I did see another program in my city that could be shorter term that could be a full day program or a residential program but is more money per month since the place is for profit. It sounded like it would have young people with SMI gain back life skills and independence. My son was totally opposed when I mentioned it. I might try to convince him to at least go over and check it out in person.

I think he is relatively content living here with me but he really does not do much of anything so I am not sure this is the best option for his recovery. I do realize he does not want change and anxiety definitely triggers symptoms but should we give up in trying to get him to live independently and have a more productive life?


#9

I do think @wreklus ‘ point is important. If my son is not on board with a situation, he may go along for a while, but not long term. When it’s what he wants to do, it’s a different story. (My son is unmedicated) We went the build a garage apartment route. He objected strenuously, moved in as soon as it was ready and began destroying it 2 1/2 years later.

It’s probably way too early to give up on a fuller life for him. Recovery often takes years and years and years for some of our family members.

Your son’s ssdi is so high that he doesn’t qualify for ssi and Medicaid? The only reason I ask is that where I live they don’t automatically sign you up for ssi and Medicaid. They add it when you ask, but We had to ask.


#10

My daughter was on SSI but when her father retired she was eligible for SSDI and Medicare. The money she received on SSDI is substantial more than SSI. On SSDI my daughter was still able to receive mental health care through the state of Oregon.


#11

I appreciate hope’s comment about building the garage apartment and son not willing to live there. That would be an expensive mistake that was one of the options I was contemplating.

He gets extra help for Medicare which pays the premium and lowers his prescription costs from normal Medicare. He also gets Medically Needy Share of Cost where Medicaid provider costs that exceed a threshold in a month could be submitted for reimbursement.

We will look at a day program downtown and also the long term residential program and see if he wants to try either of those options. If not, I guess we will continue with the status quo. I just feel like maybe there could be something we could try that might give him back a more meaningful life again.

Oh and for Patrica6, this program is designed for SMI patients and they monitor the resident takes their medications and goes for doctor appointments and counseling and even work a few hours for minimum wage if they want. A while back I looked into group homes and foster caregivers but nothing panned out.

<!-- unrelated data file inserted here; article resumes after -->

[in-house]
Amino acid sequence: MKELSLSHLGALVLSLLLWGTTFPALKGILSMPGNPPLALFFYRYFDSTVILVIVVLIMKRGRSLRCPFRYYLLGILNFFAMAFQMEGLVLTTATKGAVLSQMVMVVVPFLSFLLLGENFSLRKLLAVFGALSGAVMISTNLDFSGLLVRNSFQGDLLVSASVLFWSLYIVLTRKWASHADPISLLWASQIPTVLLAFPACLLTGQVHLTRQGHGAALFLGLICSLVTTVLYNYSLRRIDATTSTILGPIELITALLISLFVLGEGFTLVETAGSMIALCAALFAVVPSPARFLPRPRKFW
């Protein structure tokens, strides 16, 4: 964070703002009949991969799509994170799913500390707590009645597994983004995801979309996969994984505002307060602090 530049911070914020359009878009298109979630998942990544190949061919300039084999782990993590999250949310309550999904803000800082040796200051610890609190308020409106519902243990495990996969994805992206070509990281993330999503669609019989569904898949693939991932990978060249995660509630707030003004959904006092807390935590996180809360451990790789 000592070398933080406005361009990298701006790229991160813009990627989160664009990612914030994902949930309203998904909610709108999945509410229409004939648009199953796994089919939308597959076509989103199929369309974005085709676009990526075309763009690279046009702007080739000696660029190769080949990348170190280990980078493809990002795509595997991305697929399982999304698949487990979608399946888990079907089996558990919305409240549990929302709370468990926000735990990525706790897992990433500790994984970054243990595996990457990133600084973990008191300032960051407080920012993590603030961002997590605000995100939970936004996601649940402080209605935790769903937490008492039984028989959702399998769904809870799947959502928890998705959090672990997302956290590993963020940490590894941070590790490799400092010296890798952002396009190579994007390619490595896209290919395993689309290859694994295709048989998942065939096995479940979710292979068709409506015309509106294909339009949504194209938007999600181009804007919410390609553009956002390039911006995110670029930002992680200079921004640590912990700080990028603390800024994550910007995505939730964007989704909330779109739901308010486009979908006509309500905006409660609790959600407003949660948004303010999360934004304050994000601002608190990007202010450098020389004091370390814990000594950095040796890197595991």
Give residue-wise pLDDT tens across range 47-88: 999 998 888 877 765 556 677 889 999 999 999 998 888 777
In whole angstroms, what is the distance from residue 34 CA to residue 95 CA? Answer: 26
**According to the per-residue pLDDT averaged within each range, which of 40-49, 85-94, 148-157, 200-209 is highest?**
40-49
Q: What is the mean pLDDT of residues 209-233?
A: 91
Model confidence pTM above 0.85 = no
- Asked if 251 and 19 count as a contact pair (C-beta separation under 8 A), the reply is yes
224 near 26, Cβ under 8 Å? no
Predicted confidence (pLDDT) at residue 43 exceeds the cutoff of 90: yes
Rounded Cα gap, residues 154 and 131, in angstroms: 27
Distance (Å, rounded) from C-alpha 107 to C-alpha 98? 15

#12

There are also private pay care managers. I have heard of situations where the person with SMI lives in a more regular setting (apartment) and you can pay for a care manager to be involved to some extent of your choosing. The one I know a little bit about will customize the care according to the need. For example, it might be a daily phone call and once a week face-to-face and someone he could call in an emergency. This might be less expensive than a residential “facility”. They can set this up for care beyond your lifetime, as well. Someone at your state’s NAMI office might be able to give a referral.


#13

qutepi, I don’t know where you live, but if you happen to live near a high-quality, accredited “Clubhouse,” that might be a good long-term solution for your son, and more affordable than the residential facility you described. There is no Clubhouse in my area, but a few parents are trying to band together and start one for exactly the reasons you mentioned. If you are unfamiliar with the concept, take a look at Clubhouse International. The only Clubhouse I have visited is located in Greenville, SC. That one is excellent, and it offers housing (most don’t).


#14

Well private pay care manager and clubhouses are all good suggestions if available near me.

We ended up stumbling across a new 7 day a week day program that tries to help the clients reach their work, education,socialization and independent living goals. My son is starting tomorrow. We are both excited about trying something new and having activities to fill up his time. The downside is transporting him downtown in traffic every day and of course the cost but since the program just started he will get a lot of individualized attention and fun outings in a small group. Hoping this experience will build his shattered confidence back to the point he could be more independent and productive like he once was.


#15

This sounds really great! I’d love to hear how that goes for your son.


#16

This sounds like a great option!


#17

Just wanted to report in that so far the day program has been working out well.
He gets socialization with others besides me, outings, life skills, group therapy and it gives him something to do all day besides tasks the voices command.
It is expensive and I have to either drive downtown twice a day or he could take an Uber or get a place to live nearby but so far has worked out very well.
He is getting a lot of individualized attention since the program is new and only has one other client.
They are trying to encourage pursuing work or further education and living independently again.
Not sure what a next step would be but for the time being this is a nice change of pace.


#18

That sounds like a solid program.
Driving back and forth seems like it would be disruptive to the rest of your tasks for the day. Definitely seek a place within walking distance for him, if that’s a viable option.
Also, find out if insurance / state / charity will help cover some of the cost of that treatment.
I don’t know what it’s like in your situation, but I do know insurance would cover the majority of some similar programs in my area.